Closer look at cattle and technology


“THESE days, dairy cows cost a fortune. You cannot imagine some being stolen or disappearing out of negligence by workers looking after them,” said a dairy farmer who is always concerned about the welfare of his dairy cattle kumusha while he is at work in the city.
Even though he visits his farm every weekend, he still keeps worrying that something might happen to the cattle while he is at work.
Today, this is the concern of every cattle farmer.
Even if he is living on his farm, it may not always be possible to keep track of the animals ‘24/7’ (as the saying goes today).
His concerns are shared by millions of livestock farmers whose trade contributes immensely to Zimbabwe’s GDP.
In Zimbabwe and elsewhere, cattle farmers have, for a long time, relied on plastic ear tags with unique identification numbers, which are often clipped onto a cow’s ear to address such challenges.
These tags come in handy during disputes where proof of ownership is required to determine who the real owner is. This manual system, however, is now being phased out due to some of its shortcomings.
For instance, ear tags can easily be plucked off a cow’s ear, making it hard for owners to identify their dairy cattle.
In Kenya, the Kenya Dairy Board (KDB) is now promoting the use of a digital technology known as the Radio Frequency Identification (RFID) bolus which facilitates electronic animal registration.
The bolus, weighing about 70g is white and cylindrically shaped.
This facilitates its smooth insertion into a cow’s rumen through the use of a special applicator.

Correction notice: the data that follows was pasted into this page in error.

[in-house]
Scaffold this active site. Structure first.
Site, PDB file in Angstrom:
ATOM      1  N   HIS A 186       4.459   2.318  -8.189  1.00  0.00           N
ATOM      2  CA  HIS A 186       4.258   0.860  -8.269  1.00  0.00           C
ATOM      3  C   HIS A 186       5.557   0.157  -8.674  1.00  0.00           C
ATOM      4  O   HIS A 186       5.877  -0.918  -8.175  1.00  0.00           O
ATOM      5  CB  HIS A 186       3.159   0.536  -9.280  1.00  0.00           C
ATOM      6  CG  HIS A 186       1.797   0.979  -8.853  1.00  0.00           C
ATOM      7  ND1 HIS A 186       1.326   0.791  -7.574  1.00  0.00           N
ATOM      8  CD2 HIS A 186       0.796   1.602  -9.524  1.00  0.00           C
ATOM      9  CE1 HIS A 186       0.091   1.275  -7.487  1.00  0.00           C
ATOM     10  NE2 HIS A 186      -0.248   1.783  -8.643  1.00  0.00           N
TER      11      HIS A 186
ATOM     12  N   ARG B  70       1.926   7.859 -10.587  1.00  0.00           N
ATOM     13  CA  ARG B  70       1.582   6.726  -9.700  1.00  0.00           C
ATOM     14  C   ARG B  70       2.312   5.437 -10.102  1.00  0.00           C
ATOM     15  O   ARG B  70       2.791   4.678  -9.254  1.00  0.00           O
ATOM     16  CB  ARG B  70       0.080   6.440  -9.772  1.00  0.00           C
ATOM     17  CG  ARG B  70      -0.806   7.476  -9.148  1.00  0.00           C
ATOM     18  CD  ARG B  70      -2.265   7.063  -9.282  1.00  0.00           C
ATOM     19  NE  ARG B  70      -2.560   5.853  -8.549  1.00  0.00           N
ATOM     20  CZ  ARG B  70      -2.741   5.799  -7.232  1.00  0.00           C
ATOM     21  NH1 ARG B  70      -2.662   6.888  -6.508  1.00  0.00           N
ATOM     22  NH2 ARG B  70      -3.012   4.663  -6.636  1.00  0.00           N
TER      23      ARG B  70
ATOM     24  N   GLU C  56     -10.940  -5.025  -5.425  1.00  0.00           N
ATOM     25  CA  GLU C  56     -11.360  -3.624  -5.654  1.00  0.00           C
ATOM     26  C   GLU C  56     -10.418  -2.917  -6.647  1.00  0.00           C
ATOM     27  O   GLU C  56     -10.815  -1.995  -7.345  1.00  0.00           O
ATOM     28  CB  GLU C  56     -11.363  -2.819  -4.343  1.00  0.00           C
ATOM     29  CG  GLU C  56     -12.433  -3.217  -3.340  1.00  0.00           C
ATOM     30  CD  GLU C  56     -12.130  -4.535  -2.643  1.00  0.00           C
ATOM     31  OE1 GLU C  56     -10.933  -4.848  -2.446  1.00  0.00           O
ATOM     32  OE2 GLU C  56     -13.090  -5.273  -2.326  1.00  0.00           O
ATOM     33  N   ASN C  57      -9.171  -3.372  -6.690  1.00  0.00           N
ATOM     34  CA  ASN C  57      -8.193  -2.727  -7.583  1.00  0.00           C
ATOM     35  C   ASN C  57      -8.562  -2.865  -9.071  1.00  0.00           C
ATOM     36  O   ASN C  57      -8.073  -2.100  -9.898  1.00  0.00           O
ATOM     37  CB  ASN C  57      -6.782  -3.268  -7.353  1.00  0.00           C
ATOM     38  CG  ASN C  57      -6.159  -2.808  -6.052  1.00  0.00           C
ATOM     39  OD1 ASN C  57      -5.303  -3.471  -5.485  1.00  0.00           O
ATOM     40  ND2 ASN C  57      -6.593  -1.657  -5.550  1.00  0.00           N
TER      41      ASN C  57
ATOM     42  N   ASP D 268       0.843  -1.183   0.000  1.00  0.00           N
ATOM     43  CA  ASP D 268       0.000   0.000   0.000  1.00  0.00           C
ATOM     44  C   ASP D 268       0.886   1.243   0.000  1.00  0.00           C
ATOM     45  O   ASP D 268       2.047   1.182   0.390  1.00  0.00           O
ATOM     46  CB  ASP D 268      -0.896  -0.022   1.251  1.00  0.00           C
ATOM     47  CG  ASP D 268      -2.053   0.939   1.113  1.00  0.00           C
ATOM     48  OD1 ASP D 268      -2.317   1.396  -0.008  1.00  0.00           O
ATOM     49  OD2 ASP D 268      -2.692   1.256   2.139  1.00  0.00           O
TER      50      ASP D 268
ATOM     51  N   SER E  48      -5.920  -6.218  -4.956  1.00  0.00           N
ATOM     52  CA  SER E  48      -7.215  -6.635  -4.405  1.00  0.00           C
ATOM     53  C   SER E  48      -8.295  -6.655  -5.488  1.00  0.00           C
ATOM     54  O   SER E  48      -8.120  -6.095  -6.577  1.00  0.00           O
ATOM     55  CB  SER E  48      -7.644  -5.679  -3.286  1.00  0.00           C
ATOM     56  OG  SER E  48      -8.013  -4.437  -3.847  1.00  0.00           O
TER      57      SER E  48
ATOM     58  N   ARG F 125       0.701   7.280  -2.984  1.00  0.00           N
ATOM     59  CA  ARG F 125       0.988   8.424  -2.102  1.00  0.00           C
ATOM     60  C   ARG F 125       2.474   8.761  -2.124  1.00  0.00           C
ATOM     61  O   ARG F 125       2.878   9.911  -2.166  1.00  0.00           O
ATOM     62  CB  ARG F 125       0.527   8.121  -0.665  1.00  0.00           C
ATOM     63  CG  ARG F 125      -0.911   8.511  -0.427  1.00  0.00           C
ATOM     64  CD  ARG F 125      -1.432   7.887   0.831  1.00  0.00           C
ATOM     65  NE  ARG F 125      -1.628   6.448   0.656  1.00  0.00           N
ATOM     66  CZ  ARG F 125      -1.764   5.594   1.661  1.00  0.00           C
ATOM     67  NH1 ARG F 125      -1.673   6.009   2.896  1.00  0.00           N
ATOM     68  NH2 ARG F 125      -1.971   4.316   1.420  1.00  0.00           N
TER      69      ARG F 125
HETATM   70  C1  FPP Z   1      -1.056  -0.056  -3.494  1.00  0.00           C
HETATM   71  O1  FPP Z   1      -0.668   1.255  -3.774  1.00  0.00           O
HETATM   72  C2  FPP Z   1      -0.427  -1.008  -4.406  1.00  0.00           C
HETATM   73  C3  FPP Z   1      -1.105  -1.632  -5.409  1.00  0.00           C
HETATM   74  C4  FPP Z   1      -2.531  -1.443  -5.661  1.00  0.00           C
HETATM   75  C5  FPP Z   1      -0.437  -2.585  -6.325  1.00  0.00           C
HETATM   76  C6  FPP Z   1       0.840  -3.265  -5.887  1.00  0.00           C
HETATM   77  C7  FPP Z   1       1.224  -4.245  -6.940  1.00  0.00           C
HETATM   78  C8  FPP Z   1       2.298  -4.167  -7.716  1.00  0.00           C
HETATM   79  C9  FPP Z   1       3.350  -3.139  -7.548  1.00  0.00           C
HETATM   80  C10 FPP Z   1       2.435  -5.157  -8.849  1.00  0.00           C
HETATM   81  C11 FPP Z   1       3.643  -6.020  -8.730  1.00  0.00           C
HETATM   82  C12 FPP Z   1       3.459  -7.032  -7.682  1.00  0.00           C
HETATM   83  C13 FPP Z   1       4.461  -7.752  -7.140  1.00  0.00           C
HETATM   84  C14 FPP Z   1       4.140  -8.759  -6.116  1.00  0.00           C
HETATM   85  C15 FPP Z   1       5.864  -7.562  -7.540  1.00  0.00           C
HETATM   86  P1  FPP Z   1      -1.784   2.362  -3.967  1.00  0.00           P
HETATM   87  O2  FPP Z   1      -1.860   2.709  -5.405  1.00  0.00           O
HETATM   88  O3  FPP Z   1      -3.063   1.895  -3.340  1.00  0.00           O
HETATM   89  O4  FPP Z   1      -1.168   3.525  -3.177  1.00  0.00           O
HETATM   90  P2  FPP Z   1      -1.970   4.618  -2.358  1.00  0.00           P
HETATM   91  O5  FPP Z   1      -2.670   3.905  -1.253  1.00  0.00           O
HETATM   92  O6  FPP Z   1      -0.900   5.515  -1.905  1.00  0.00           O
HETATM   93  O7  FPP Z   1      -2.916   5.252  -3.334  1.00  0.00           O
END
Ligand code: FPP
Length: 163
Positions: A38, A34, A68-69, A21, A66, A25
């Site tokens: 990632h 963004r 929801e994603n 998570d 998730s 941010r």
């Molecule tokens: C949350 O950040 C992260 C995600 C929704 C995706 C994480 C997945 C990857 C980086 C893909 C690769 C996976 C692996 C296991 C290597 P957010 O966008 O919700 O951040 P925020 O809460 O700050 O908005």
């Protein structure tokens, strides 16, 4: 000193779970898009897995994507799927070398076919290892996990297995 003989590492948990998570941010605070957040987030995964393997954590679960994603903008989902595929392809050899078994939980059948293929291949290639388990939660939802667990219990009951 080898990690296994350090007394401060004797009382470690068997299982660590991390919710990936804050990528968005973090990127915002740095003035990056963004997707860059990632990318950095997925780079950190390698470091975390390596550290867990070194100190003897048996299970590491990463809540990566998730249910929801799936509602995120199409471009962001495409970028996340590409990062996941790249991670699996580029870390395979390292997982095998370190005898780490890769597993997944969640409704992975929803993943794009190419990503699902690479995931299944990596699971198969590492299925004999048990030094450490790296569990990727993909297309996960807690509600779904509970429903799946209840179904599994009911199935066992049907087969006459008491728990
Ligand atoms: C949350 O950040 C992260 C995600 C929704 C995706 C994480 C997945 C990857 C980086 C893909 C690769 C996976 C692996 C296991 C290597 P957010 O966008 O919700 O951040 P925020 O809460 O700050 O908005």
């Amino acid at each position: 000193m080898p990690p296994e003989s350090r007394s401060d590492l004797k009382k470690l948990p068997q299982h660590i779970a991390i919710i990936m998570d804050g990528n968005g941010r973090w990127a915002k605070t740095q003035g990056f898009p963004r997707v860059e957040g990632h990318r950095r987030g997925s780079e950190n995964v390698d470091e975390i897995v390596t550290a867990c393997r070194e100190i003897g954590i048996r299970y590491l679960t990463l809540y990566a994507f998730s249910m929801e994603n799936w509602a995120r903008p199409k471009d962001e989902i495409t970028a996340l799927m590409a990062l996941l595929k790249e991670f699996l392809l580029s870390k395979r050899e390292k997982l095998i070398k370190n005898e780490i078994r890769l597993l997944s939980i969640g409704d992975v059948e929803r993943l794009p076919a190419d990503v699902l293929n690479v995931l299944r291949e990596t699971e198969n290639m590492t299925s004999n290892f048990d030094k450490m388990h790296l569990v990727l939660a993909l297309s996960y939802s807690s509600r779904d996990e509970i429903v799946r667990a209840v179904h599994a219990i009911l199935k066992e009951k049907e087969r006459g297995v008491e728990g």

Inside the bolus, there is a transponder with a computer microchip containing the unique identification code of a particular cow.
It sits passively in the cow’s stomach without harming it.
Through the use of a bolus reader, farmers are able to activate or ‘wake up’ the transponder which then sends information pertaining the identification details of the cow.
Both the reader and transponder have antenna for sending and receiving electronic signals.
The results, displayed on the bolus reader’s screen, contain information about the type of cow, year of birth, name, owner’s identity and corresponding co-operative society.
It can also provide information about the cow’s location which is determined through the use of radio frequencies or signals.
Through the use of special software, farmers can then map the frequencies against surrounding towns which will allow them to promptly determine the location of their animals at the touch of a button.
Unlike the ear take, the electronic device cannot be removed unless the cow is dead.
It thus ensures a lifetime security to the animal and peace of mind for the farmer.
According to the managing director of KDB, the new digital technology targets progressive small, medium and large scale dairy farmers seeking to enjoy the benefits of electronic animal registration such as enhanced security.
The RFID bolus, is a tamper-proof identification device for livestock, which has made it easy for farmers in Kenya to easily access commercial loans using their cows as security.
“The banks will be able to prove that the loan applicant is indeed the owner of the cow used as security,” explained a dairy expert who supplies the technology in Kenya and has partnered with the milk-producing company to help them to promote its acceptance.
Financial institutions are also using the new technology to keep track of all animals used as security for bank loans, since farmers who have embraced the technology can also easily access animal insurance services.